Lily Belli on food: Teen Kitchen Project celebrates 10 years, salmon week and why Lily’s pesto was almost the best

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… Grab your ticket now for the Teen Kitchen Project 10th Anniversary Celebration on October 1 at Everett Family Farm in Soquel. Since 2012, the local nonprofit has been teaching teens how to cook and work in a kitchen while preparing hundreds of thousands of meals for community members in need. To celebrate this milestone, teens participating in the program and guest chefs will serve a multi-course feast to Rich and Laura Everettfrom beautiful farm along Soquel Creek at the foot of the Santa Cruz Mountains. Executive Director of TKP Angela Farley tells me that the teens will create the starter salad and dessert, while the chef Diego Felix of the Fonda Felix and the Colectivo Felix, that I profiled last fallwill provide appetizer and chef Brad Briske from the Home restaurant will create the main dish and vegetable sides. All dishes will feature Everett Family Farms products. Tickets are $155.49 per person; make reservations here. Most of the 200 tickets have already been sold, says Angela, so don’t delay if you want to attend. All proceeds from ticket sales go directly to TKP’s dining program.

UCSC Seymour Center Salmon Week Poster

… The commercial season for California king salmon kicked off earlier this month, but there’s more to this fascinating fish than just its flavor. This week, UC Santa Cruz and the Seymour Marine Discovery Center are hosting the first ever Salmon Week, featuring a series of events that celebrate salmon. On Wednesday, visit the Seymour Center for the opening of an interactive exhibit on the Kelp Forest, an ecosystem that plays a vital role in the life cycle of salmon. On Thursday in the Seymour Center Boardroom, hear how the CZU Lightning Complex fires have affected our local endangered fish population at the premiere of the movie “Southern Range: Salmon in the Santa Cruz Mountains.” On Friday, members of the Seymour Center are invited to join Eric Palkovacs, director of the Fisheries Collaborative Program, on a guided tour of the Scott Creek watershed, home to rainbow trout and coho salmon. Salmon Week culminates Saturday at the World Fish Migration Day Festival, a free, family-friendly event with food trucks, a salmon obstacle course, arts and crafts, where visitors can learn more about what is being done to protect our local fishery. Most events are free, but places are limited. See the full schedule at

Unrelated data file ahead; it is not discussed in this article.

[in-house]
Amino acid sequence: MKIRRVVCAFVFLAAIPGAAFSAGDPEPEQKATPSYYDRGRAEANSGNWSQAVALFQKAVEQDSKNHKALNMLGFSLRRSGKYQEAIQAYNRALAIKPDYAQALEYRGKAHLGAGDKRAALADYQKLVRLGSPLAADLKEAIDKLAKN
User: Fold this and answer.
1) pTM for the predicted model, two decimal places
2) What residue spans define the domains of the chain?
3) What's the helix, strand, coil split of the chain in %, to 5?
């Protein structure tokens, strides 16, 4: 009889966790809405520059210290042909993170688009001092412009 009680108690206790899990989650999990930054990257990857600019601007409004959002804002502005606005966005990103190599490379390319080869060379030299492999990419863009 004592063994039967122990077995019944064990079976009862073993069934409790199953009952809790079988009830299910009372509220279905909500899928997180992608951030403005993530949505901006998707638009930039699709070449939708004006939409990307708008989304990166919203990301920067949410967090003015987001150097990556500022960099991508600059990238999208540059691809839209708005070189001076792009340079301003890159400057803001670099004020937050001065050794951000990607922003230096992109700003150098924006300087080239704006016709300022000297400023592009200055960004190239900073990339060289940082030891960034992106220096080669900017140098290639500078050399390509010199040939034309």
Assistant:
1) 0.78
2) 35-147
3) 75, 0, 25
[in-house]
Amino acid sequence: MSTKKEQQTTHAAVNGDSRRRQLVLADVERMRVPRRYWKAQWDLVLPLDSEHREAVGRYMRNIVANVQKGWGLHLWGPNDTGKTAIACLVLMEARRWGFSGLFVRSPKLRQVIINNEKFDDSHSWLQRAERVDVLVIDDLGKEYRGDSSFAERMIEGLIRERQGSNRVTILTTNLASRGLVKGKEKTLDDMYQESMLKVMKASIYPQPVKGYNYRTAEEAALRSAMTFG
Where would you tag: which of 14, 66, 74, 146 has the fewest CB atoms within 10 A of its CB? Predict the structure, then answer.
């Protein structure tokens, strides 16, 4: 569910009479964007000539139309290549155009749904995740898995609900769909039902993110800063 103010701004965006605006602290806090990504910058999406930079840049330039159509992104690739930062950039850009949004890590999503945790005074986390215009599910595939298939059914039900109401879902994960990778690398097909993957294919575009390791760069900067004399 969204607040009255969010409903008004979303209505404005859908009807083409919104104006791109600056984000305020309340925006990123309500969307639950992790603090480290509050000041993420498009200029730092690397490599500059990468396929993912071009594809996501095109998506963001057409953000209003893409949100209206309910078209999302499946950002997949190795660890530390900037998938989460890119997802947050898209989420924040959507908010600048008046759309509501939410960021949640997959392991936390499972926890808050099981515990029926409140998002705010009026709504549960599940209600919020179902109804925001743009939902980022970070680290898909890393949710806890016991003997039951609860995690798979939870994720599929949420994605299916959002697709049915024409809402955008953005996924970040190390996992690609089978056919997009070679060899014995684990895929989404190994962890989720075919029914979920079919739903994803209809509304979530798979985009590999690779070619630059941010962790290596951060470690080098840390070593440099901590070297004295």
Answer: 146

Watch food & drink correspondent Lily Belli during the Mentone pesto-making contest

…Sunday I was one clove of garlic and a pinch of salt away from a free trip to Genoa, Italy, to enter the World Pesto Contest – that was the prize given to the chef from Paso Robles Jacob Burell, winner of the regional qualifications contested this weekend in Mentone. A few weeks ago I wrote this cook david kinch would welcome the Genovese chef and “Pesto King” Roberto Panizza in its restaurant Aptos for two special Ligurian dinners and the contest. Well, last week Chris Sullivan, general manager of Mentone, told me that there was an extra place in the pesto-making contest and invited me to participate. A few days later, I found myself lined up inside the restaurant with nine other contestants. We were all given the same seven traditional ingredients – basil leaves, coarse salt, pine nuts, garlic, olive oil, parmesan and pecorino romano cheeses – and 20 minutes to make our best-o pesto with a mortar and a pestle.

Fortified by numerous YouTube videos and one of Mentone’s famous Aperol spritz slushies, I would love pesto like I’ve never made before. Before this weekend, I usually made pesto in a blender, which slices it all together, but after discovering how the pestle breaks down plant cells to release beautiful aromas and flavors, I’m never going back.

Chefs David Kinch (left) and Roberto Panizza, alongside Lily Belli of Lookout, judged the pesto contest

Chefs David Kinch (left) and Roberto Panizza, alongside Lily Belli of Lookout, judged the pesto contest in Mentone on Sunday.